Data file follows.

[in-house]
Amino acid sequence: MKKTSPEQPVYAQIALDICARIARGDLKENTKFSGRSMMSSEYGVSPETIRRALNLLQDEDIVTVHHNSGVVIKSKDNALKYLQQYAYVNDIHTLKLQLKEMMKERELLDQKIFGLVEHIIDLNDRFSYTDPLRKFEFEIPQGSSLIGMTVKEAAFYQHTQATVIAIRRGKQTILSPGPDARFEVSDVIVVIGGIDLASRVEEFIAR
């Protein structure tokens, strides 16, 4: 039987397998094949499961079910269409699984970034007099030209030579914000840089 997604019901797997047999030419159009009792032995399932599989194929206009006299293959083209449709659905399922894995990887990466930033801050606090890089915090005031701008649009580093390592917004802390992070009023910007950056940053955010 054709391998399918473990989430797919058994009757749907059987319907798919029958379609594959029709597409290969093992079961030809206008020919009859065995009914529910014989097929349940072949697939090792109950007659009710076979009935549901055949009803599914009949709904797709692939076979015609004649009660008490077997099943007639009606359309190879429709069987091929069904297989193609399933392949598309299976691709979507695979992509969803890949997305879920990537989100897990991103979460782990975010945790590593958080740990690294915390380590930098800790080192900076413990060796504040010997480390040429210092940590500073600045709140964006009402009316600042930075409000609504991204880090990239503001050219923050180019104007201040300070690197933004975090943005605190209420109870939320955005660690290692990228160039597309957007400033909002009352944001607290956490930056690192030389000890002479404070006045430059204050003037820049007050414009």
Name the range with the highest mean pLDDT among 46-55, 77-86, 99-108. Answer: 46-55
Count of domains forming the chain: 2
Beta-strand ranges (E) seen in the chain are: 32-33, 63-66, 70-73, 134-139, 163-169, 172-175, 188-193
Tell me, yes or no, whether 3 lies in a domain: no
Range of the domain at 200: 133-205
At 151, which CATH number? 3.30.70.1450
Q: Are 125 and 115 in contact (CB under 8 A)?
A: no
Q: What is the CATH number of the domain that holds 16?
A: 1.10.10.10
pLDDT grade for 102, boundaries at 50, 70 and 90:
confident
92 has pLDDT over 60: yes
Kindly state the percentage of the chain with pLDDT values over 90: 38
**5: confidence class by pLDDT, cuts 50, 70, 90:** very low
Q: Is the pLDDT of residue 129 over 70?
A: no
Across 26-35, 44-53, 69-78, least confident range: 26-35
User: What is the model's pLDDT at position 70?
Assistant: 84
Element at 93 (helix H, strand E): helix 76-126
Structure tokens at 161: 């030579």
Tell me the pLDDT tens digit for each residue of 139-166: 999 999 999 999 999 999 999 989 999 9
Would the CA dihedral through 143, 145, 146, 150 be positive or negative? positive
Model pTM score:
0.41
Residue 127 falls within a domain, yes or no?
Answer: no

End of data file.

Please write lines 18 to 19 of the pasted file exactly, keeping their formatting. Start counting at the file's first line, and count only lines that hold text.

**5: confidence class by pLDDT, cuts 50, 70, 90:** very low
Q: Is the pLDDT of residue 129 over 70?